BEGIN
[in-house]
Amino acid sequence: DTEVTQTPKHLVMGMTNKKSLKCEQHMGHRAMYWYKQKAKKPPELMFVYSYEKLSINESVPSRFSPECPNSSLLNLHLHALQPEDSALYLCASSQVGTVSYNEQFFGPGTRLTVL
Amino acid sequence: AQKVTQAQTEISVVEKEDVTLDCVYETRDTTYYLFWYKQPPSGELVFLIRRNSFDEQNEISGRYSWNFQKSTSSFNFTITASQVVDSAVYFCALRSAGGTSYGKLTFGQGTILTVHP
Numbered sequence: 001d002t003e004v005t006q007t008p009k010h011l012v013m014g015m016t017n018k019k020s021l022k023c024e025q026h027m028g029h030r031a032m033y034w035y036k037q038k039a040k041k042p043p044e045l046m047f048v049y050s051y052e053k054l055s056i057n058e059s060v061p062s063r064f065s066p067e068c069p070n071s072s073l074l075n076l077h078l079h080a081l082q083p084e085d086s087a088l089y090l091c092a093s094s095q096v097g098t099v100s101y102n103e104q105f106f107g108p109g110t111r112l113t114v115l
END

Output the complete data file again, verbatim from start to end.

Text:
[in-house]
Amino acid sequence: DTEVTQTPKHLVMGMTNKKSLKCEQHMGHRAMYWYKQKAKKPPELMFVYSYEKLSINESVPSRFSPECPNSSLLNLHLHALQPEDSALYLCASSQVGTVSYNEQFFGPGTRLTVL
Amino acid sequence: AQKVTQAQTEISVVEKEDVTLDCVYETRDTTYYLFWYKQPPSGELVFLIRRNSFDEQNEISGRYSWNFQKSTSSFNFTITASQVVDSAVYFCALRSAGGTSYGKLTFGQGTILTVHP
Numbered sequence: 001d002t003e004v005t006q007t008p009k010h011l012v013m014g015m016t017n018k019k020s021l022k023c024e025q026h027m028g029h030r031a032m033y034w035y036k037q038k039a040k041k042p043p044e045l046m047f048v049y050s051y052e053k054l055s056i057n058e059s060v061p062s063r064f065s066p067e068c069p070n071s072s073l074l075n076l077h078l079h080a081l082q083p084e085d086s087a088l089y090l091c092a093s094s095q096v097g098t099v100s101y102n103e104q105f106f107g108p109g110t111r112l113t114v115l